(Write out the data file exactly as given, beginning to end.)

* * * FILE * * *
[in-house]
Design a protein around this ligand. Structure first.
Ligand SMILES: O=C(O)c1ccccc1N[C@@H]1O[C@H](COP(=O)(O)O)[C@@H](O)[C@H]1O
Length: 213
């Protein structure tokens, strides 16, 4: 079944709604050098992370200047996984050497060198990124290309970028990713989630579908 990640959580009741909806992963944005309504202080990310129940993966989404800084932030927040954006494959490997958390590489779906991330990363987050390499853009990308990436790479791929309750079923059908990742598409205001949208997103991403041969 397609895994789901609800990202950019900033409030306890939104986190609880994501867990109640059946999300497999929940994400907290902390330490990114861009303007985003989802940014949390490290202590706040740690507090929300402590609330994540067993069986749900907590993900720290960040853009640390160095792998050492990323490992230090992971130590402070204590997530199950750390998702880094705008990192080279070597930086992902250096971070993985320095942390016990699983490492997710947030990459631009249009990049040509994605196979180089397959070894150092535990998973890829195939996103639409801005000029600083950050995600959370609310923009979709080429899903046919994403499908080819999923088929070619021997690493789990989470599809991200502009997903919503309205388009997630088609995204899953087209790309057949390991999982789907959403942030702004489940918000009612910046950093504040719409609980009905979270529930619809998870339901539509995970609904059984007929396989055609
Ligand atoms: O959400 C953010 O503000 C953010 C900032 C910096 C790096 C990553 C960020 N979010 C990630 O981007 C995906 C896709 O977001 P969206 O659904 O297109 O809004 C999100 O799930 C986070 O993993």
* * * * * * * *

[in-house]
Design a protein around this ligand. Structure first.
Ligand SMILES: O=C(O)c1ccccc1N[C@@H]1O[C@H](COP(=O)(O)O)[C@@H](O)[C@H]1O
Length: 213
């Protein structure tokens, strides 16, 4: 079944709604050098992370200047996984050497060198990124290309970028990713989630579908 990640959580009741909806992963944005309504202080990310129940993966989404800084932030927040954006494959490997958390590489779906991330990363987050390499853009990308990436790479791929309750079923059908990742598409205001949208997103991403041969 397609895994789901609800990202950019900033409030306890939104986190609880994501867990109640059946999300497999929940994400907290902390330490990114861009303007985003989802940014949390490290202590706040740690507090929300402590609330994540067993069986749900907590993900720290960040853009640390160095792998050492990323490992230090992971130590402070204590997530199950750390998702880094705008990192080279070597930086992902250096971070993985320095942390016990699983490492997710947030990459631009249009990049040509994605196979180089397959070894150092535990998973890829195939996103639409801005000029600083950050995600959370609310923009979709080429899903046919994403499908080819999923088929070619021997690493789990989470599809991200502009997903919503309205388009997630088609995204899953087209790309057949390991999982789907959403942030702004489940918000009612910046950093504040719409609980009905979270529930619809998870339901539509995970609904059984007929396989055609
Ligand atoms: O959400 C953010 O503000 C953010 C900032 C910096 C790096 C990553 C960020 N979010 C990630 O981007 C995906 C896709 O977001 P969206 O659904 O297109 O809004 C999100 O799930 C986070 O993993």